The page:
"Yes--why indeed?" sighed Mrs. Penniman. And then, as if from a sense of the inadequacy of this explanation, "But you will not despair--you will come back?"


"Come back? Damnation!" And Morris Townsend strode out of the house, leaving Mrs. Penniman staring.


Catherine, meanwhile, in the parlour, picking up her morsel of fancy-work, had seated herself with it again--for life, as it were.

(Washington Square, Chap. 35)


From the novel, it's pretty clear there is no "cheerful" ending. Catherine rejects Morris and is resolved to remain single. Also, the novel states earlier that after her father's death, she had other proposals of marriage after Morris' that she rejected. Catherine is choosing to be alone; after all, she's a woman who now can be financially independent.


The addition of the line, "I've been taught by masters," to the film and that great scene where the determined Catherine snaps the thread, is not what I would call a happy ending, but I think it does show that Catherine has become a strong and determined woman who wants to remain independent. One of the lines she speaks to her aunt is, "He has become greedy. He wanted my money before. Now he wants my love." I think she is unwilling to lavish her affection again upon someone who is unworthy; the expression on her face as she reaches the top of the stairs is almost triumphant. Who is to say that choosing to live alone rather than accept a marriage to someone unworthy is such a terrible thing?

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Who said living alone is a terrible thing? I do and its not terrible (though I realize public opinion back in those days looked at it in a different way. Losers.) I just wish I had Catherine's money to make ends meet! (LOL)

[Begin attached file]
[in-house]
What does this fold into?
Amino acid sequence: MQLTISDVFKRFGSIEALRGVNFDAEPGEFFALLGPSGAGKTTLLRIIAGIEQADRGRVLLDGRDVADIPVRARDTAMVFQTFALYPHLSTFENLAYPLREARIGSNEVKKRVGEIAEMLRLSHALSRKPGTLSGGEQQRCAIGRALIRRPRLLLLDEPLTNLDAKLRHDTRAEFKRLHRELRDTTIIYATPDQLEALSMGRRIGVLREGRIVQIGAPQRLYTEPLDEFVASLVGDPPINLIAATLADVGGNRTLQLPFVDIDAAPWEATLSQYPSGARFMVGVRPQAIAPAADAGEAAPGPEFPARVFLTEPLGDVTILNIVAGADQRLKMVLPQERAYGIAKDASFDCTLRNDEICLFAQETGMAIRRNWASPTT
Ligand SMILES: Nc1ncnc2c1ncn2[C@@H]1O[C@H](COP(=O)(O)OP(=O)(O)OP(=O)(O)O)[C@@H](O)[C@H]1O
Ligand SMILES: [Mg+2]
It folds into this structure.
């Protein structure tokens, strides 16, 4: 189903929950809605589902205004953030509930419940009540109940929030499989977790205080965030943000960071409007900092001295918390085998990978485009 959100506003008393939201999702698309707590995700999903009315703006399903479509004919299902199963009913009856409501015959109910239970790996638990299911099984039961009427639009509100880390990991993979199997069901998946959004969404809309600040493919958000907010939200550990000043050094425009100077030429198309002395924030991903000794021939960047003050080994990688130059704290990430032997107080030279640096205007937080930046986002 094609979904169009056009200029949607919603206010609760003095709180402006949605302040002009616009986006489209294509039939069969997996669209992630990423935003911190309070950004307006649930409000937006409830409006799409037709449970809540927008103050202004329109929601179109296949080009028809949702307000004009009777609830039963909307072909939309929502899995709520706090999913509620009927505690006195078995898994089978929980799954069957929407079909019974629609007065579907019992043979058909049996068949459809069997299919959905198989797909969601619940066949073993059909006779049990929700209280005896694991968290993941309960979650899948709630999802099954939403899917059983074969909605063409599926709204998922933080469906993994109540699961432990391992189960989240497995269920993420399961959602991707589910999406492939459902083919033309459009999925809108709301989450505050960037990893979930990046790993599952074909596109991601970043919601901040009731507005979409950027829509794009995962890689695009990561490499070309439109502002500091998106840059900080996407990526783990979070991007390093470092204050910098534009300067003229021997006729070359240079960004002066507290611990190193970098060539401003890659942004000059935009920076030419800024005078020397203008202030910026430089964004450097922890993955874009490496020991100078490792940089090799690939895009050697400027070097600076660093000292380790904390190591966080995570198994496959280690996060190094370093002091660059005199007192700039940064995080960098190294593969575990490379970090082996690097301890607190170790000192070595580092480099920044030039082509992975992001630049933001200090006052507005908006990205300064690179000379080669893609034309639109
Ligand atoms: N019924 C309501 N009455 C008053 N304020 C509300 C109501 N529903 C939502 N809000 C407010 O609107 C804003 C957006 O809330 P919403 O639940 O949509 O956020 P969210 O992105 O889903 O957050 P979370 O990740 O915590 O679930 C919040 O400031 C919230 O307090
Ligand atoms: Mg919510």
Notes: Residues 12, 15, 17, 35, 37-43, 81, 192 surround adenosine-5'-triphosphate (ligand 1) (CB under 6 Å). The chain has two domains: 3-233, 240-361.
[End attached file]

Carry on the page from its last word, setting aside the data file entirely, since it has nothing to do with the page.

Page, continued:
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Thank You Rosebette. From your first post at the very beginning of this thread, I knew we were simpatico on *The Heiress* . If you read the whole thread you'll see I've also made many of the same points you have. I thank you for your well thought out and well written post. I've also always felt that Catherine marching up the staircase with that truimphant look on her face said it all. Again, I appreciate and Thank You for your great posts :)

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From the ending of the book:


"Catherine, meanwhile, in the parlour, picking up her morsel of fancy-work, had seated herself with it again - for life, as it were."


That is different from the movie. In the movie she says she will never do her fancy-work again, leaving the audience to wonder why and what she means by that. Whereas the book ending has her doing it (and apparently nothing else) for the rest of her life.


Does anyone here have any idea what the movie version means and why it is different from the book version?

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My theory about that is they wanted to end on a shot of Montgomery Clift whom they were building as their next big star. Paramount would soon cast him in the remake of AN AMERICAN TRAGEDY-- which was renamed A PLACE IN THE SUN.


Even Fox's film adaptation of MY COUSIN RACHEL, which again pairs Miss de Havilland with a younger matinee idol (this time Richard Burton) turns the focus in the final reel away from the actress and on to the young man, being groomed for major stardom at the studio.

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As you suspected Fred it was Wyler that didn't like the ending as written in the novel and I feel the change you noted here is a major one (which is why I mentioned it before).


If the movie had ended with Catherine going back to do that type of 'old lonely lady' type hobby I wouldn't have wondered about her future.


Now, I still love the type of ending Wyler had since I like an ending that doesn't tie up all the loose ends.


Hey, Wyler changed the ending of The Letter also (he was required to because of the code), but in that case we all know how Leslie ends up!

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Ah, but the ending of The Heiress, Morris is in a longer shot, banging on the door, the victim. It's the close-up of Catherine with the lamp, climbing the stairs, that sticks. Also, the scene of her climbing the stairs recalls the earlier scene of the weary, bedraggled, and jilted Catherine climbing the stairs with her heavy bags. In the last scene, her face is strong and even triumphant. I think it's Olivia's show all the way here. As much as I like Clift as an actor, any young actor could have played that role.